OTC topical antihistamines are widely used in combination with topical vasoconstrictors. The combination is more effective than either agent alone or a systemic antihistamine. Adverse effects of topical vasoconstrictors include burning and stinging on instillation, mydriasis, rebound hyperemia or conjunctivitis medicamentosa with chronic use and drug interaction with MAO inhibitors. Topical vasoconstrictors are contraindicated in patients with narrow angle glaucoma.

Topical prescription antihistamines, including levocabastine, emedastine and azelastine, are a good option for symptomatic relief of an ocular allergy. Since these agents do not provide mast cell stabilization, they do not prevent or treat a significant cause of the allergy. All of the topical antihistamines require dosing as frequently as every 4-6 hours, except azelastine which requires only BID dosing, which may improve compliance.

Topical mast cell stabilizers include cromolyn, nedocromil, lodoxamide and pemirolast. It should be noted that the medications require several days (3-5 days) to start providing symptomatic relief of ocular allergy. The relief reported within 15 minutes probably represents a "washout" effect immediately after contact with the eyes. Long term use of these agents is necessary since they are preventive only. These agents require Q.I.D. administration with the exception of nedocromil which is B.I.D. Topical dual action antihistamine and mast cell stabilizers include ketotifen and olopatadine. Therefore, they have rapid onset and prolonged duration of action. Both of them are approved for twice a day dosing for treating AC in children 3 years and older. Topical ketorolac (a nonsteroidal anti-inflammatory agent) is approved for use in children 12 years and older with acute SAC. It inhibits allergen induced prostaglandin production which diminishes the ocular itching and conjunctival hyperemia. Local administration of topical corticosteroids is associated with localized ocular complications such as viral infection, elevated intraocular pressure and cataract formation. Therefore, routine use is not recommended and their use should be under the close supervision of an ophthalmologist.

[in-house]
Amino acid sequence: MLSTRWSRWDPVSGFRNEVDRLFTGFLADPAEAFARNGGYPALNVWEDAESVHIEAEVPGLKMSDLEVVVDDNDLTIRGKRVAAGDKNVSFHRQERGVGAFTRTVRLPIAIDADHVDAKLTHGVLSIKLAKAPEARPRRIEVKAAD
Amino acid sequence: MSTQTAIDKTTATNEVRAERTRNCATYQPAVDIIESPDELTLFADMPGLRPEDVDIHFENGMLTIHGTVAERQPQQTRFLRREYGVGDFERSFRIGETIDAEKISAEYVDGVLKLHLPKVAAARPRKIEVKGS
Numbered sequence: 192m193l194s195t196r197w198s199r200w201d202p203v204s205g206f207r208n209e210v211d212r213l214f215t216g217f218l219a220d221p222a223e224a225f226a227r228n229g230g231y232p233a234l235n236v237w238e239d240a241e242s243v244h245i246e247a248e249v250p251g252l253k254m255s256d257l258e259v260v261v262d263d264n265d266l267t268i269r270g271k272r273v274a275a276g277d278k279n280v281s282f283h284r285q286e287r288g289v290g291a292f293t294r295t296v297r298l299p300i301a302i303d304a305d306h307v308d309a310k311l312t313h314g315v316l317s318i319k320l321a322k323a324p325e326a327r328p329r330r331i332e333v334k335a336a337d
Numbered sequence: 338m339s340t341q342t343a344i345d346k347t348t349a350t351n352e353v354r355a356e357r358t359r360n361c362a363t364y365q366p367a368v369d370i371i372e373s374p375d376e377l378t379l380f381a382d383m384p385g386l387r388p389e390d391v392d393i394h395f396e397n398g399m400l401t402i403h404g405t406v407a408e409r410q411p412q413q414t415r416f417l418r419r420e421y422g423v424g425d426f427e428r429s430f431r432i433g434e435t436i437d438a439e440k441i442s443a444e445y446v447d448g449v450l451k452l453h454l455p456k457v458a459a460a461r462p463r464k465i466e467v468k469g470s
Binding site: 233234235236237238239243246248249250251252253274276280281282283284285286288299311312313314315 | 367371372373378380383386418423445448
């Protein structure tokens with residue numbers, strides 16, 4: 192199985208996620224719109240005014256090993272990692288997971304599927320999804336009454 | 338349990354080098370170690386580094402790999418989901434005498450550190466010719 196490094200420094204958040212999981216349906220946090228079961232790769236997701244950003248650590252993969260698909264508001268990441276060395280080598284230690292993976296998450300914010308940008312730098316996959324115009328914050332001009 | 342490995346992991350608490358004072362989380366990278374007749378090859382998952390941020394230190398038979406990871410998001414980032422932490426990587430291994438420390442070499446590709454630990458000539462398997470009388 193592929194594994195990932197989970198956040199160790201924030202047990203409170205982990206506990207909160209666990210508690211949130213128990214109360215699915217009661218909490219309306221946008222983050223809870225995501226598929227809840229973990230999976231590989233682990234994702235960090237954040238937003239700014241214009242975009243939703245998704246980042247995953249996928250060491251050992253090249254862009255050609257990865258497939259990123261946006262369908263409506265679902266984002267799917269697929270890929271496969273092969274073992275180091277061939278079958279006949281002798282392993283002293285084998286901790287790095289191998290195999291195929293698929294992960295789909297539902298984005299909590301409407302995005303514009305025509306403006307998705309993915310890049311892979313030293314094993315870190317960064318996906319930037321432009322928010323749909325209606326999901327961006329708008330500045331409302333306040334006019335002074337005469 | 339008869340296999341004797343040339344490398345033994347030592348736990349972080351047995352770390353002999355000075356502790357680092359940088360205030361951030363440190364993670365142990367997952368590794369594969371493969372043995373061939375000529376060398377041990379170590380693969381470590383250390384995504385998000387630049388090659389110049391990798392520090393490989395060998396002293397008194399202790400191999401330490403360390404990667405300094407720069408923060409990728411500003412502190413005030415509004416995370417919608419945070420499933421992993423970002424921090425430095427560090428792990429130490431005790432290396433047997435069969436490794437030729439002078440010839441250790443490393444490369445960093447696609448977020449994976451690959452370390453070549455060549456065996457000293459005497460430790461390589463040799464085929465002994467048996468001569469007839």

Allergen immunotherapy (AIT) is a safe and effective treatment for long-term control of allergic rhinoconjunctivitis. AIT is considered when environmental control is limited, when medications are ineffective or not well tolerated, or when the symptoms are a significant trigger for other chronic problems such as asthma or sinusitis. AIT results in successful treatment of AR in 85%-90% of cases. It is also recommended as a treatment for venom or insect hypersensitivity and selected cases of asthmatics. Patients with chronic urticaria, atopic dermatitis, or food allergy do not benefit from AIT. AIT induces immune tolerance to the specific allergens. In many cases, AIT can prevent clinical progression of allergic disease and may minimize the development of sensitization to multiple allergens in patients who are sensitized to a single allergen. The terms, "allergen vaccination" and "allergen immunotherapy", can be used interchangeably.

Prior to considering AIT, the patient must have evidence of specific IgE sensitivity such as a positive skin test or RAST test. Small doses of allergen extracts to which the patient is sensitized, are administered subcutaneously. The injected dose can be gradually increased as in a conventional AIT or rapidly increased as in a rush AIT until the maintenance dose is reached. The goal is to blunt the immune response with an optimal dose.